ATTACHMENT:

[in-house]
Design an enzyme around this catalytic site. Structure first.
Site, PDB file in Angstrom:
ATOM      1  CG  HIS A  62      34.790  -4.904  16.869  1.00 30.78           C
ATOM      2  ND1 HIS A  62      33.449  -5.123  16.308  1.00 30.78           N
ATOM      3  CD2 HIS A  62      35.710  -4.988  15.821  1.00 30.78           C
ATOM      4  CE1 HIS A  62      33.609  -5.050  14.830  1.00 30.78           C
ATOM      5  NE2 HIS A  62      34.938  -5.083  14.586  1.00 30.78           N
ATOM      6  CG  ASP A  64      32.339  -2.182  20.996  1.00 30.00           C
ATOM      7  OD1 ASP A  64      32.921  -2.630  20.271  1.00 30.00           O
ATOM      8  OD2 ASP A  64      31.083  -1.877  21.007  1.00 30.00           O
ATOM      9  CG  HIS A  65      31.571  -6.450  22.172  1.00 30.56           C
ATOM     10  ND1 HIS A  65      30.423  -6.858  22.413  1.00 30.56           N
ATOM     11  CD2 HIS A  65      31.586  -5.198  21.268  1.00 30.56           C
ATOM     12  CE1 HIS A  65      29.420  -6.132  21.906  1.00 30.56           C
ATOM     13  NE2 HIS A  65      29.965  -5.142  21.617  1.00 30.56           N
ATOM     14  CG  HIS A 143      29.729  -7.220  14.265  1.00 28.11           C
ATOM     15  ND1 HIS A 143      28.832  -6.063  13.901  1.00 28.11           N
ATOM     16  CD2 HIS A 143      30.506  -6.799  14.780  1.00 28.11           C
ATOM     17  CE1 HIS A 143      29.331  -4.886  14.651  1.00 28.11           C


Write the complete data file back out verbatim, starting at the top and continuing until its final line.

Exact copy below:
[in-house]
Design an enzyme around this catalytic site. Structure first.
Site, PDB file in Angstrom:
ATOM      1  CG  HIS A  62      34.790  -4.904  16.869  1.00 30.78           C
ATOM      2  ND1 HIS A  62      33.449  -5.123  16.308  1.00 30.78           N
ATOM      3  CD2 HIS A  62      35.710  -4.988  15.821  1.00 30.78           C
ATOM      4  CE1 HIS A  62      33.609  -5.050  14.830  1.00 30.78           C
ATOM      5  NE2 HIS A  62      34.938  -5.083  14.586  1.00 30.78           N
ATOM      6  CG  ASP A  64      32.339  -2.182  20.996  1.00 30.00           C
ATOM      7  OD1 ASP A  64      32.921  -2.630  20.271  1.00 30.00           O
ATOM      8  OD2 ASP A  64      31.083  -1.877  21.007  1.00 30.00           O
ATOM      9  CG  HIS A  65      31.571  -6.450  22.172  1.00 30.56           C
ATOM     10  ND1 HIS A  65      30.423  -6.858  22.413  1.00 30.56           N
ATOM     11  CD2 HIS A  65      31.586  -5.198  21.268  1.00 30.56           C
ATOM     12  CE1 HIS A  65      29.420  -6.132  21.906  1.00 30.56           C
ATOM     13  NE2 HIS A  65      29.965  -5.142  21.617  1.00 30.56           N
ATOM     14  CG  HIS A 143      29.729  -7.220  14.265  1.00 28.11           C
ATOM     15  ND1 HIS A 143      28.832  -6.063  13.901  1.00 28.11           N
ATOM     16  CD2 HIS A 143      30.506  -6.799  14.780  1.00 28.11           C
ATOM     17  CE1 HIS A 143      29.331  -4.886  14.651  1.00 28.11           C